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Re: I. M. John W. Backus

From: Bruce C. Baker <bcbakerXX_at_cox.net>
Date: Wed, 21 Mar 2007 19:46:39 -0500
Message-ID: <ulkMh.22193$zJ1.9088@newsfe24.lga>

"Bob Badour" <bbadour_at_pei.sympatico.ca> wrote in message news:DYjMh.13388$PV3.138425_at_ursa-nb00s0.nbnet.nb.ca...
> Bruce C. Baker wrote:
>
>> "Bob Badour" <bbadour_at_pei.sympatico.ca> wrote in message
>> news:mDjMh.13375$PV3.138160_at_ursa-nb00s0.nbnet.nb.ca...
>>
>>
>>>It's odd that the obit got things so wrong. Fortran is a monstrosity --
>>>one of those abominable things that was just good enough. It's greatest
>>>achievement was to show how not to write a compiler. Backus more than
>>>redeemed himself a few years later by learning from fortran how to write
>>>a compiler when he and Peter Naur came up with BNF.
>>
>> Compared to the languages and techniques we have today, the design and
>> implementation of the original Fortran (and C, and Pascal, and ...) are
>> pretty lame, but /compared to what preceded them/,
>> they weren't half bad.
>>
>> Getting back on topic, one might even go so far as to say that SQL is the
>> Fortran of its day.
>>
>> How about seasoning your future comments with a little dash of historical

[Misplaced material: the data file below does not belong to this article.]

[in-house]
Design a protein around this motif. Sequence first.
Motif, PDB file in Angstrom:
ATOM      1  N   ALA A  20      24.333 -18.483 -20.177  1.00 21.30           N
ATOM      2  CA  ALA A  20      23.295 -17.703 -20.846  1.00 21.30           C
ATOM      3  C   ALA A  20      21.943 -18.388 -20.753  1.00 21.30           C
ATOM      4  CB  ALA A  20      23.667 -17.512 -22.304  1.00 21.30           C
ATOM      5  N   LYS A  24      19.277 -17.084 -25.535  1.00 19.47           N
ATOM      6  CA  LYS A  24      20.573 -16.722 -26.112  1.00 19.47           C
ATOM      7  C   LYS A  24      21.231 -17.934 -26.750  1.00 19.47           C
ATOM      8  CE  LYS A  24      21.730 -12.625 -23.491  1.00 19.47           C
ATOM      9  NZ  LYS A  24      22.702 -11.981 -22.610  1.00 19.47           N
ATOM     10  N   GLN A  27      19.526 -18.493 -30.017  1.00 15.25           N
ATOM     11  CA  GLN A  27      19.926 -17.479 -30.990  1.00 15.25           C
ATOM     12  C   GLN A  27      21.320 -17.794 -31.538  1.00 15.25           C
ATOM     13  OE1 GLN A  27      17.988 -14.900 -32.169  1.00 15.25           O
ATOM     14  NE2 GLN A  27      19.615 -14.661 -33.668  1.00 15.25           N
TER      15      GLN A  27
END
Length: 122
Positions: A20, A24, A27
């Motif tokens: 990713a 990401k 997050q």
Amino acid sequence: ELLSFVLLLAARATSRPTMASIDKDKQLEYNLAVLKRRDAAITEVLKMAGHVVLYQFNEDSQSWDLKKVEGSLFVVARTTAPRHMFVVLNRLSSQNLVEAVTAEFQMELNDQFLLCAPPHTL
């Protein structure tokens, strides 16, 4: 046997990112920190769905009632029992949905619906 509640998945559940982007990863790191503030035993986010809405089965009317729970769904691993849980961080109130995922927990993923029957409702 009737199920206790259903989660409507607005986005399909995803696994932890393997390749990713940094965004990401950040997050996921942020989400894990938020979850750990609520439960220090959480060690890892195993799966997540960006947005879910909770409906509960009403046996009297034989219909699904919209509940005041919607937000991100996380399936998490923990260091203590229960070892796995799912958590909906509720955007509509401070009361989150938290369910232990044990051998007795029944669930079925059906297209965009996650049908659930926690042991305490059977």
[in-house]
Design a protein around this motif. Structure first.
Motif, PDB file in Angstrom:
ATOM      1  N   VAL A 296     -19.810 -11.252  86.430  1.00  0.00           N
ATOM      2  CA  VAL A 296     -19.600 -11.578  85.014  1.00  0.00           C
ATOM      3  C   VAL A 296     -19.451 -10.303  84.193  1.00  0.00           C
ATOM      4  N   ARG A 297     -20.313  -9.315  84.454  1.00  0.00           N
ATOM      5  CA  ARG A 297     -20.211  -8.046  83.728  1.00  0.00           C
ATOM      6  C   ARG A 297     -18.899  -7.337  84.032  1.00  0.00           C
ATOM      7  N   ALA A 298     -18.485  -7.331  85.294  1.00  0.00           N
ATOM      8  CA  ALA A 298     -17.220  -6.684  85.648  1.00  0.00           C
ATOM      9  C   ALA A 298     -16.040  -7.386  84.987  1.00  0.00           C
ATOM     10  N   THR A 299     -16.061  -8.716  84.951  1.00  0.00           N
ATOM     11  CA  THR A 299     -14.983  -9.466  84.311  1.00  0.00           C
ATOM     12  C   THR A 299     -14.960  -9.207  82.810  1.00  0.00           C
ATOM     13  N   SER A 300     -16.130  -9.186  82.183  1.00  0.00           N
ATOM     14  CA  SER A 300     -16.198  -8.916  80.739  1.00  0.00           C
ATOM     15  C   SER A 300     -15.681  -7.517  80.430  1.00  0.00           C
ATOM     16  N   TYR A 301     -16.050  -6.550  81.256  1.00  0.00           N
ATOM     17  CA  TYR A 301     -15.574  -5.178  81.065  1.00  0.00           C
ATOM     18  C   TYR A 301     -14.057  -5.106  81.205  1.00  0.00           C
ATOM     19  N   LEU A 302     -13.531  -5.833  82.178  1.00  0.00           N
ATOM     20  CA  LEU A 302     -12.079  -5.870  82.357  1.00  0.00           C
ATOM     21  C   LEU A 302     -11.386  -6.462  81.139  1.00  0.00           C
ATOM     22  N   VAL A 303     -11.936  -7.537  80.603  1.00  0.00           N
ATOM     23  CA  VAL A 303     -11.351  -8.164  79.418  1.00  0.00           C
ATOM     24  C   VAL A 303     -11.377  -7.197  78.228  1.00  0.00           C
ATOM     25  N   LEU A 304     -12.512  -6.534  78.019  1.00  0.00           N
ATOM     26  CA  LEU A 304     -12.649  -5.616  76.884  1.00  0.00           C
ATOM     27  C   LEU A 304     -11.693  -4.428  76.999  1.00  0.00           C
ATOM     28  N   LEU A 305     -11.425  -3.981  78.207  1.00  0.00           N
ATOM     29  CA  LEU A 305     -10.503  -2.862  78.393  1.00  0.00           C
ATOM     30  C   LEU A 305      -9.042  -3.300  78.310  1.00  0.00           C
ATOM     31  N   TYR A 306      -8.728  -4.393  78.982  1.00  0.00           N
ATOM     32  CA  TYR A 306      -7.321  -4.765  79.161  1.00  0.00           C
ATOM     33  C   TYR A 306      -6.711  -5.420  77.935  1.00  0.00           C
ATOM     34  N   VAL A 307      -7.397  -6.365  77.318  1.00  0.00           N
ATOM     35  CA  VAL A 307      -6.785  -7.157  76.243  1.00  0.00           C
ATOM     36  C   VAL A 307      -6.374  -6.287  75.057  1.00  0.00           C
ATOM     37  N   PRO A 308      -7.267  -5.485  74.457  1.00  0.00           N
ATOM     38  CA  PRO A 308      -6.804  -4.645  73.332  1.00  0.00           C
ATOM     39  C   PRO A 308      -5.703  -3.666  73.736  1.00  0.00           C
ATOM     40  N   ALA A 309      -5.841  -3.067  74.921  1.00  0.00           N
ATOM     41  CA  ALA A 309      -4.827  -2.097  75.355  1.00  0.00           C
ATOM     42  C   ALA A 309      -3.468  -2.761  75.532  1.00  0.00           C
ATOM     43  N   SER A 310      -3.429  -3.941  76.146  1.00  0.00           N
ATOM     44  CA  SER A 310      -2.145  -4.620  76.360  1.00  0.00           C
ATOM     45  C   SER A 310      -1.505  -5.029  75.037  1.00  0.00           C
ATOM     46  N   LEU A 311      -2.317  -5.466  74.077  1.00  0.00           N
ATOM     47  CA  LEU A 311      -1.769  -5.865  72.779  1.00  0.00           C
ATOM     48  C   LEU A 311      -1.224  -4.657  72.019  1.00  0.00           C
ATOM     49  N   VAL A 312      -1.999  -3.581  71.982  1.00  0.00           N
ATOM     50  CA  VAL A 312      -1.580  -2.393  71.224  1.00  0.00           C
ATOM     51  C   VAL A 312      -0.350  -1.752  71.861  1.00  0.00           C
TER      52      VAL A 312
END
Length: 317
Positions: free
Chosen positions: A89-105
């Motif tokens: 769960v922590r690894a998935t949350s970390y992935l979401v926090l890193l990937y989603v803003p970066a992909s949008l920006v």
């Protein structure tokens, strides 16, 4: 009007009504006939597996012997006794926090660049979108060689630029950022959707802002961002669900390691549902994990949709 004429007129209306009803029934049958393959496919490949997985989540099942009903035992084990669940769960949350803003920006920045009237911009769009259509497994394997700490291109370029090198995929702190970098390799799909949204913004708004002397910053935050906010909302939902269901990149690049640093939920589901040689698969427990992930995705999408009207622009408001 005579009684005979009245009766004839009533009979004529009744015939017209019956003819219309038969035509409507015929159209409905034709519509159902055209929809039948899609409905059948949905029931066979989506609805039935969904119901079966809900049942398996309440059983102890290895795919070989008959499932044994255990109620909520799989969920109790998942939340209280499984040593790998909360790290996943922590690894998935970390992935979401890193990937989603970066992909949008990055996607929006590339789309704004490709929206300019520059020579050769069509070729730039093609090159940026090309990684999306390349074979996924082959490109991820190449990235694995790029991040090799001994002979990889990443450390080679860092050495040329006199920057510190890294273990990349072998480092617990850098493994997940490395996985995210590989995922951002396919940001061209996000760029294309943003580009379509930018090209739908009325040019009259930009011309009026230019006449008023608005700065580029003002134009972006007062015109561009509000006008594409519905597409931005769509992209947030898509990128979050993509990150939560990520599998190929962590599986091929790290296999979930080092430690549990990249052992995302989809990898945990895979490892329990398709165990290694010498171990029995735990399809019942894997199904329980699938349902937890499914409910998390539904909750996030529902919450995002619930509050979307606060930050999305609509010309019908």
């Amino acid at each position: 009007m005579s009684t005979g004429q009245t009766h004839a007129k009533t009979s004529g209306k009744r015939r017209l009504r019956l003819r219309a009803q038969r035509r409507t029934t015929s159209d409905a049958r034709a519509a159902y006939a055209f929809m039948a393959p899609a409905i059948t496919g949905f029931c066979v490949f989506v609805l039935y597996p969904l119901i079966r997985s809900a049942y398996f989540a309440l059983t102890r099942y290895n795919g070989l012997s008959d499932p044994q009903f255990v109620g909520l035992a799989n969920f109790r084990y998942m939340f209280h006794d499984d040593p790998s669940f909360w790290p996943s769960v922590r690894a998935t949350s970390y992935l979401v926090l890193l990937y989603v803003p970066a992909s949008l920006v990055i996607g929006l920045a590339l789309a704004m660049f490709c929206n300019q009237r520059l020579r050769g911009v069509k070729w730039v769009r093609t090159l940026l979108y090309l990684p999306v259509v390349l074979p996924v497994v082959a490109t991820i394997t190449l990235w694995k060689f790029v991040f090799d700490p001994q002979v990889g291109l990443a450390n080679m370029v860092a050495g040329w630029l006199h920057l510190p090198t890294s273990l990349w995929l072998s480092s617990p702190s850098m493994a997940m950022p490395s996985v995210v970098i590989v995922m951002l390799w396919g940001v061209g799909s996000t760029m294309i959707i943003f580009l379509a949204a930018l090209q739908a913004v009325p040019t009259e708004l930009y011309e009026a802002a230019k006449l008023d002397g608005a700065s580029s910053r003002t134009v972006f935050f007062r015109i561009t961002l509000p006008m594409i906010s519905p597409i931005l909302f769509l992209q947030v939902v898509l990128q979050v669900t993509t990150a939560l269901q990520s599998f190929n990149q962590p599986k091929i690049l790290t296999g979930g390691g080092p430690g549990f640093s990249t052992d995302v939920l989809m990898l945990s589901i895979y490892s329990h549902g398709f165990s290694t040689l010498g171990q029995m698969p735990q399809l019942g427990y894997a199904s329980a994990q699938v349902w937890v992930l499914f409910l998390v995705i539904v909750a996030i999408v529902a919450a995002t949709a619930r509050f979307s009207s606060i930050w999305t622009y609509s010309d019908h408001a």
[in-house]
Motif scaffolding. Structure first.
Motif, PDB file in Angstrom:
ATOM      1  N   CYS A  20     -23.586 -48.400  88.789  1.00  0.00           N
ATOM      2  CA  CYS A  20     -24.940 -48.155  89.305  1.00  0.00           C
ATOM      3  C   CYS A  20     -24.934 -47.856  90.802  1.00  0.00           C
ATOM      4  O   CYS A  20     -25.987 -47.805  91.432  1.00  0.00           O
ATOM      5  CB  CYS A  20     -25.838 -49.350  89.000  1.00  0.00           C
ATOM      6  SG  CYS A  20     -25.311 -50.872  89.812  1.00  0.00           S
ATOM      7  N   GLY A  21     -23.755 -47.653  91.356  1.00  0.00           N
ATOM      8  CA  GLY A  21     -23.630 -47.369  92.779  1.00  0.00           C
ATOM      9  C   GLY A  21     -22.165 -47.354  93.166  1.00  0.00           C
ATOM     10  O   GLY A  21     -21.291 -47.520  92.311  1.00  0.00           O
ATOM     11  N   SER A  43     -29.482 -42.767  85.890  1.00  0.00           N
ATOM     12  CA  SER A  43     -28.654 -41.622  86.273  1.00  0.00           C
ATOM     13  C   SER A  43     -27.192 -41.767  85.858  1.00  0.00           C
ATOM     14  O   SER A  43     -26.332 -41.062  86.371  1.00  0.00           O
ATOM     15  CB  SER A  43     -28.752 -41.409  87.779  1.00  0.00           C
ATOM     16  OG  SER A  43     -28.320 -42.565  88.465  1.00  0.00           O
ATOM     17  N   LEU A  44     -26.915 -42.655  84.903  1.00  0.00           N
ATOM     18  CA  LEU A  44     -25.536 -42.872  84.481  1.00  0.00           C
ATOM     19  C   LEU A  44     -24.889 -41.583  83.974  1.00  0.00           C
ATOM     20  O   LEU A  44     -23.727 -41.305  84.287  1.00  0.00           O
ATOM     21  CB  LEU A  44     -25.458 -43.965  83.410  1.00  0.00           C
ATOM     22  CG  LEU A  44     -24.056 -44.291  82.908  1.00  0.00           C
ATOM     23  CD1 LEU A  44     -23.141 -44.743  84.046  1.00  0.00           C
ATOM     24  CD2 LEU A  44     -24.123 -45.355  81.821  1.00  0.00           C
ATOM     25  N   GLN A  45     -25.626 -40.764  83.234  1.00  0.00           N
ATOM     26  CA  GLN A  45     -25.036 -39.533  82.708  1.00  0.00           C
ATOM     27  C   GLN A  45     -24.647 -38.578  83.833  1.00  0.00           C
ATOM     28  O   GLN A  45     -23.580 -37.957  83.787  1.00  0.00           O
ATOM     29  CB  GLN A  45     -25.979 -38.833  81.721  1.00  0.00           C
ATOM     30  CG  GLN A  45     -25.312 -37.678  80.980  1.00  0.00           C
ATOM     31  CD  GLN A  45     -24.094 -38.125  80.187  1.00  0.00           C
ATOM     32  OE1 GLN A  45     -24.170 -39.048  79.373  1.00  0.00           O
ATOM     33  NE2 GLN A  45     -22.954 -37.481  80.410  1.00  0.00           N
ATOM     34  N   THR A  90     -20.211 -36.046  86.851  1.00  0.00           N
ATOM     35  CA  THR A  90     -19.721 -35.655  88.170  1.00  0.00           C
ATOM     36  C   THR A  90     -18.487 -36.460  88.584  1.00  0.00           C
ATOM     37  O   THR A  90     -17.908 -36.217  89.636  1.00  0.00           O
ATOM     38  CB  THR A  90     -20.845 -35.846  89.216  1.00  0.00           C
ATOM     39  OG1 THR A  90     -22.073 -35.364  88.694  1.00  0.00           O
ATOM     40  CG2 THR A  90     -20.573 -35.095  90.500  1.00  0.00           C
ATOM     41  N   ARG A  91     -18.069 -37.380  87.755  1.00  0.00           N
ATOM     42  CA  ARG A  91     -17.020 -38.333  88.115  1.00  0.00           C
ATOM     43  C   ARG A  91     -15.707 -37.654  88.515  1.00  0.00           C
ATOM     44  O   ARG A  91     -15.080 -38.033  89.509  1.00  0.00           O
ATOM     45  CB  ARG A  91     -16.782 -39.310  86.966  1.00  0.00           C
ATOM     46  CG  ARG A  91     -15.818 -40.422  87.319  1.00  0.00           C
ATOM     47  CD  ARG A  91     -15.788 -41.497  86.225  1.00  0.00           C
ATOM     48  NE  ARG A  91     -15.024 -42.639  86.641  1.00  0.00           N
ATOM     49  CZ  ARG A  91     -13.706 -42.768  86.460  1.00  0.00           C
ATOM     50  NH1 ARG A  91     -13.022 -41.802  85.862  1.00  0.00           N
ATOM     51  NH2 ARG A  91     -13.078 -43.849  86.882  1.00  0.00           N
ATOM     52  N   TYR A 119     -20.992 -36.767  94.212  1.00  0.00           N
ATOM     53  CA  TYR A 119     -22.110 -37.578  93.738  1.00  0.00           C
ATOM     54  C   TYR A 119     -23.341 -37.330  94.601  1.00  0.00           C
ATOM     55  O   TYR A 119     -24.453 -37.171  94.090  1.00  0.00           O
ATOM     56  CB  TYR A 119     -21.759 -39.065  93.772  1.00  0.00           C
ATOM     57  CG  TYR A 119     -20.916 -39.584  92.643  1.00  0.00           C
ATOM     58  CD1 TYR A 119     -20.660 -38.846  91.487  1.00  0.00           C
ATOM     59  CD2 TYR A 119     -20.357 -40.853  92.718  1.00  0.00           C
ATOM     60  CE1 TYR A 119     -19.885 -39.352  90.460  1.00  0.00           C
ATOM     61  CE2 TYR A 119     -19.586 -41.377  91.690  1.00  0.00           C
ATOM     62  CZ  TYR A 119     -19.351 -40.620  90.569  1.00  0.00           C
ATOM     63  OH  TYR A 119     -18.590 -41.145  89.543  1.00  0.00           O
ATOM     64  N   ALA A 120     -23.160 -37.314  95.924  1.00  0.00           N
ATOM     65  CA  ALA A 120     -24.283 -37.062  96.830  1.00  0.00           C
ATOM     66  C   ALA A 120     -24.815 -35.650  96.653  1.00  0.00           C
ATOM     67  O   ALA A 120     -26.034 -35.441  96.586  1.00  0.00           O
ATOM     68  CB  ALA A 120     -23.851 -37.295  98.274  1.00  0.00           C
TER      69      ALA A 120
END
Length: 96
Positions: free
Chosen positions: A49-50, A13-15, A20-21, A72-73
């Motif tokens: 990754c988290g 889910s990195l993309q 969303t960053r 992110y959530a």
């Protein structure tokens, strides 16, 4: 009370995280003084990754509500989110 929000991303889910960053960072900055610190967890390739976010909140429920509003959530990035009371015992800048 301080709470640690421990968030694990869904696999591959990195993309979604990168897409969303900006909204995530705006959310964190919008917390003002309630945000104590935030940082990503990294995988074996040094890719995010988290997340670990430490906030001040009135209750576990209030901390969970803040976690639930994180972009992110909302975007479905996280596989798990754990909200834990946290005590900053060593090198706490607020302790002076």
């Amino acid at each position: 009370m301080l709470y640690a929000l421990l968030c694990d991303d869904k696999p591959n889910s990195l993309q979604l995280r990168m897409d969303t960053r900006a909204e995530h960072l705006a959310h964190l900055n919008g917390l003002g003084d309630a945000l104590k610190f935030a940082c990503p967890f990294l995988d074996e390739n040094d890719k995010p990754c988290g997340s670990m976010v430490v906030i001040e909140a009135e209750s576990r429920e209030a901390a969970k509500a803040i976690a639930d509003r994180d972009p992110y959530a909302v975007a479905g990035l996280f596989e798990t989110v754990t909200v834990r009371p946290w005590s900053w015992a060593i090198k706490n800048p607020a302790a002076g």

>> perspective, Bob?
>
> In what way did my comments lack historical perspective? Fortran is an
> abominable monstrosity made all the more monstrous by its success. The
> only good purpose it served was to teach Backus how not to make compiliers
> so he could teach us all how to do it right.
>
> I am already aware SQL was disastrously successful too.

The Wright Brothers' original Flyer wasn't perfect either; that doesn't make it a "monstrosity".

I don't even know why I'm replying to this. Backus' achievements certainly don't need any defending by the likes of me! :-)

(I don't like to brag, but my first programming language was Fortran II on an IBM 1620, and I've also had the pleasure of being paid to program in Burroughs Extended Algol, so maybe, just /maybe/ I might know whereof I speak in re early PLs! ;-) )

>
>
>>>Fortran should be a side-note to BNF and not vice versa.
>>>
>>>(BNF is a very big contribution--more than enough to share.)
Received on Wed Mar 21 2007 - 19:46:39 CDT

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